Whether you’re new to water gardening or an old hand at it, you’ve probably noticed that pond plants grow at a far faster rate than their terrestrial cousins.
A vigorously growing water plant can quickly become pot bound and this limits the growth of the plant, the number of flowers it will produce, and also makes it more susceptible to pests and diseases.
Aside from having healthier plants one of the other great benefits of dividing your pond plants is that you get free plants for your pond or as gifts for friends and families.
When should you repot your pond plants?
Although some plants can be divided and re potted at any time of the year, the best time is early spring and if you want to be really technical about it, you want the overnight low temperature to be in double digits consistently for a week or more.
Warm temperatures encourage the faster establishment of roots and the quick development of new foliage. Warmer water also means that a greater amount of nutrient is available in the pond for the plants as higher water temperature leads to higher nutrient levels due to more aquatic activity from fish and other organisms that inhabit the pond. With water lilies, you will notice that their rhizome or roots are pushing out of the soil. This is a signal to divide and repot!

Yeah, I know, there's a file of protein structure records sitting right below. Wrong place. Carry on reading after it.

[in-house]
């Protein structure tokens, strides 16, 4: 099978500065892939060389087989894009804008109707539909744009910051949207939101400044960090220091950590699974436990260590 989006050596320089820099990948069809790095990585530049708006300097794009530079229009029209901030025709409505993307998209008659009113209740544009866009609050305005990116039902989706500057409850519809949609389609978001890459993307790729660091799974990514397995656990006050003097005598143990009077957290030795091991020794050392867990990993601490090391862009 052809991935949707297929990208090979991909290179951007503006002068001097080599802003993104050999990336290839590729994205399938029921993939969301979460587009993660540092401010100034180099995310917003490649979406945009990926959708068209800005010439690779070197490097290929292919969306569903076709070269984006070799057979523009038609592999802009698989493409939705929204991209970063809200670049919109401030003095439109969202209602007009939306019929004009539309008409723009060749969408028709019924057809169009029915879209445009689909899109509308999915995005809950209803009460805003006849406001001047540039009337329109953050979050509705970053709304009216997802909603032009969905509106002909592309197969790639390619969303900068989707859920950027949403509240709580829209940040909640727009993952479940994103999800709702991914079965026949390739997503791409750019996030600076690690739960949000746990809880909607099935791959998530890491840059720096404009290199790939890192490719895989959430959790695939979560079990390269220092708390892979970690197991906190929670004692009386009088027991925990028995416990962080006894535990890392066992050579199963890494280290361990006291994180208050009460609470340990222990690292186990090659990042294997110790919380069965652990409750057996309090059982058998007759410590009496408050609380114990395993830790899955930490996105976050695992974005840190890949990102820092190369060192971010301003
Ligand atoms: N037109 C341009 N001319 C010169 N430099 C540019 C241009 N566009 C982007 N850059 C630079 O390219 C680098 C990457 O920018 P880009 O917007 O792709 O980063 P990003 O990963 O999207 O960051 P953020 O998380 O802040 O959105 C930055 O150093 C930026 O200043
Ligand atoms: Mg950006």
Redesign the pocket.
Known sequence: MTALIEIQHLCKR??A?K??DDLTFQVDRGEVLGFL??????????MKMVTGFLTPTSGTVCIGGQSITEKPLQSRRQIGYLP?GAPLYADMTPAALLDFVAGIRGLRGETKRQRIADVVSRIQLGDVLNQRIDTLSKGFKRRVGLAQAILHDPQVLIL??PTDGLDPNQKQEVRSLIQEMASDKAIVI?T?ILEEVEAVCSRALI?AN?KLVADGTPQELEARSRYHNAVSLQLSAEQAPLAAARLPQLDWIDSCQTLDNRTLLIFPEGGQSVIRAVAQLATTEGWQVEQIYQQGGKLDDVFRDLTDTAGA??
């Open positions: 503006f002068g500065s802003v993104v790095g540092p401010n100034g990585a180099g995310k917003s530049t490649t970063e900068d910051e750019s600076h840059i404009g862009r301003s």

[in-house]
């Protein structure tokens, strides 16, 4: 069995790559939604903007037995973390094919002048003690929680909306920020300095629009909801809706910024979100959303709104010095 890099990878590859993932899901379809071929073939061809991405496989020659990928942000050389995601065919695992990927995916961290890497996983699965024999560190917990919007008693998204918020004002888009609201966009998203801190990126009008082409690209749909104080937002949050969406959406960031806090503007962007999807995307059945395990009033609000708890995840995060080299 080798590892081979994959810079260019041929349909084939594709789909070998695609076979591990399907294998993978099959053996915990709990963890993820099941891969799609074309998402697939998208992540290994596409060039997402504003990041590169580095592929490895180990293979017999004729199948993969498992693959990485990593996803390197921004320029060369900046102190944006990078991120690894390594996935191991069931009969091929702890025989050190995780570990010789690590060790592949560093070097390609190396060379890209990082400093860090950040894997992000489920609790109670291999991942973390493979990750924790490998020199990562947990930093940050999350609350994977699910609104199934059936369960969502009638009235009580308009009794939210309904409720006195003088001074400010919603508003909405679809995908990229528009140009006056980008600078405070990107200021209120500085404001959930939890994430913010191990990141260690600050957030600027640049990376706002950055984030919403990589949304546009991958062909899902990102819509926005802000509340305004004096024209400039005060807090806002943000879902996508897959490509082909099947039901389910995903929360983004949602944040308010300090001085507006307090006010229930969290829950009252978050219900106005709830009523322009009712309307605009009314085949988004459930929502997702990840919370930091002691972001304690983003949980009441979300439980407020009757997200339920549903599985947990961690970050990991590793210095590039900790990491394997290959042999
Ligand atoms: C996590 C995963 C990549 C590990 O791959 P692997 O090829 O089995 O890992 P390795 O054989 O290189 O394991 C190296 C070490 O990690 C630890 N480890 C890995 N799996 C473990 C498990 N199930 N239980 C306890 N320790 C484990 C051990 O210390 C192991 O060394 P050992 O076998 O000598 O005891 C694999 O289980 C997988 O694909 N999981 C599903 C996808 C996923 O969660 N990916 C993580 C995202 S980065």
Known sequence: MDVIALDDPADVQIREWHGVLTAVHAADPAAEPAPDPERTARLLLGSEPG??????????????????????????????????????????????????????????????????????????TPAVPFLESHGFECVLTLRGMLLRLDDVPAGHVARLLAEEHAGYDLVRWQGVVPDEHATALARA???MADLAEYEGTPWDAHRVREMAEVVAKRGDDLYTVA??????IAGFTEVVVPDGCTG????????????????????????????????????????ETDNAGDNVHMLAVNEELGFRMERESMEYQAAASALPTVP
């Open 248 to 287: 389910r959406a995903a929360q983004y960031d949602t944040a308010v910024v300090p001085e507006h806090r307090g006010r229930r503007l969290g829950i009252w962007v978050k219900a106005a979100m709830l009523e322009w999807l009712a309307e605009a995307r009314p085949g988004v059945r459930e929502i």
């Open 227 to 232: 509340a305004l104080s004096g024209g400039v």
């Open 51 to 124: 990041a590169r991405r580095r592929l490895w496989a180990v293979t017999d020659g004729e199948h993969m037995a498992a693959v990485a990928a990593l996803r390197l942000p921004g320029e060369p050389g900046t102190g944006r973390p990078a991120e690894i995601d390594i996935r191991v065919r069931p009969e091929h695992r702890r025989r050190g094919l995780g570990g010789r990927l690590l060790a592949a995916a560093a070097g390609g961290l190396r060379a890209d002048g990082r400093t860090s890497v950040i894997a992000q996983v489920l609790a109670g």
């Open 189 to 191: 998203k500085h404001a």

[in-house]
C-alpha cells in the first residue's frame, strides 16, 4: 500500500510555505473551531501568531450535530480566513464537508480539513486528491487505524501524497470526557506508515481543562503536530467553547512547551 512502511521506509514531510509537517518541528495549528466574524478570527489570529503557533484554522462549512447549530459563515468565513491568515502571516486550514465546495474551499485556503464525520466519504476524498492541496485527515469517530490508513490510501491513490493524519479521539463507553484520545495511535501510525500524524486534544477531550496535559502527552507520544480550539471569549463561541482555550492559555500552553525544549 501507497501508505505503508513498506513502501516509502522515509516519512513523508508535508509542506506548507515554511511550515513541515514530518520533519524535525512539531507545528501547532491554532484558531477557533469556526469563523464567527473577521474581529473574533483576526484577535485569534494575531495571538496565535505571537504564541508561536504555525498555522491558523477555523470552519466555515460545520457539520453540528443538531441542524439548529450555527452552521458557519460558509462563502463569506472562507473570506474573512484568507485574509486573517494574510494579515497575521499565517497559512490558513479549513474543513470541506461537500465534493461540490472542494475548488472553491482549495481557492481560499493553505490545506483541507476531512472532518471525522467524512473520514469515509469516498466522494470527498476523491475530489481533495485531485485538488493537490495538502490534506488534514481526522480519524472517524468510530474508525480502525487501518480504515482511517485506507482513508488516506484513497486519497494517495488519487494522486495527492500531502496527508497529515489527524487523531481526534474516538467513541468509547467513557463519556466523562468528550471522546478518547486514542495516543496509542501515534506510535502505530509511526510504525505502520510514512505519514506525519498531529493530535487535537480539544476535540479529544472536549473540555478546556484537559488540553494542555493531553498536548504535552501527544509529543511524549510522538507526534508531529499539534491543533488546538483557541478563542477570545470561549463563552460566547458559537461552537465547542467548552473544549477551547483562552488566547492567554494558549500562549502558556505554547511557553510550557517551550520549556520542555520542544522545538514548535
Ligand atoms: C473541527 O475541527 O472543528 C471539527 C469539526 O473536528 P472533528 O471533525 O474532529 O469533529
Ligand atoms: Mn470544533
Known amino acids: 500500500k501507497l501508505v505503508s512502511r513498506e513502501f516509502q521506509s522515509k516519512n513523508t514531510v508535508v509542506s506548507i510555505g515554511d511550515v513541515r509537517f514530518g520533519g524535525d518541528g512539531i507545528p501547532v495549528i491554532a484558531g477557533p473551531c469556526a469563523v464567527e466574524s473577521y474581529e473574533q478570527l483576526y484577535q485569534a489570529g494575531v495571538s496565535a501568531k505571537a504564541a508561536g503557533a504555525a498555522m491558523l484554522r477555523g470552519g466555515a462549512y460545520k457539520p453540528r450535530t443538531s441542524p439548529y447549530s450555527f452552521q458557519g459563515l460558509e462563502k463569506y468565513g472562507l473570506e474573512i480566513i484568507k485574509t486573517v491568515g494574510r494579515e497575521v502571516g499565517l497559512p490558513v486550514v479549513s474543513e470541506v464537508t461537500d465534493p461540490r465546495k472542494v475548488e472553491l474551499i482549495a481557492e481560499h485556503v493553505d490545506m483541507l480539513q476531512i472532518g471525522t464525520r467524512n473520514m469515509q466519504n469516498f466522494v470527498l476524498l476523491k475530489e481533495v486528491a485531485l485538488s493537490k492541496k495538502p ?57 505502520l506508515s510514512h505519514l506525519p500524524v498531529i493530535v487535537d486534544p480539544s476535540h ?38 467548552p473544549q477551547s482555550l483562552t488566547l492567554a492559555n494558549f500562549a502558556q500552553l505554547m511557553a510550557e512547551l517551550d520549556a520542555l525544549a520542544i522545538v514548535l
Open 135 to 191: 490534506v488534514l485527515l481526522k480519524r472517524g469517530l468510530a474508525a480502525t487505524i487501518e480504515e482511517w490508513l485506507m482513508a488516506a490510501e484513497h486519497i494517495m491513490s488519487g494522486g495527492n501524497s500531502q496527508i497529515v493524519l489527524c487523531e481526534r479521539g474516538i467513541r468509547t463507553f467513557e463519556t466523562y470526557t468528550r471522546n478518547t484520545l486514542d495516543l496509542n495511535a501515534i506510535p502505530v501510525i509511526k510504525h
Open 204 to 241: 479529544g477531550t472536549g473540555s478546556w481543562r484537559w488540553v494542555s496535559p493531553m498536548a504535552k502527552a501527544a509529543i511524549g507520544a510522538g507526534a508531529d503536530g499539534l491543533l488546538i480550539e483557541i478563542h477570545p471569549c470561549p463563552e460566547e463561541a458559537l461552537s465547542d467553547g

Avoid repotting at the height of summer as plants may take up to a month to become established and in that time, algae can take over as it is more effective at competing for the available nutrient. If you must repot the plants, do a few at a time so the establish plants can keep the algae at bay.
What’s the best soil for repotting pond plants?
Pond plants will grow in a variety of different media and soils, but some are superior to others in both their ability to hold nutrient and also act as an anchor for the plants roots. An ideal pond plant soil is one that will hold its shape once it becomes wet. A simple test to determine that your soil is suitable is to take a small amount of the soil that you are planning on using, damp it down, place it in the palm of your hand and form a fist squeezing out the excess water. If it holds its shape, then it’s well suited as a pond plant soil.
Another useful method is to place the soil you are planning on using in a container. Fill the container carefully with water first, (running the water down the side of the container will limit the amount that it disturbs the soil). Wait 24 hours and if the soil has settled on the bottom and the water in the container is clear, then again, its suitable.
Many of the soils that are found in home gardens are suitable and there are also commercially available mixes or look for a complete repotting kitthat includes a pot and the soil.
What container is best to pot pond plants?
Put simply, any container that holds soil and has a few small holes in the bottom is suitable for repotting pond plants but there are a few consideration to take into account before you get started. It maybe tempting to use a very large container so you do not need to repot as often but you may need to lift the container out of the pond at some stage and when its full of soil, water and plants that will make it very heavy.
The type of plant will also influence the size of the container. Lilies and iris are fast growers and their corms and tubers will quickly become pot bound in small pots so look for a pot that is at least 25-30cm in diameter.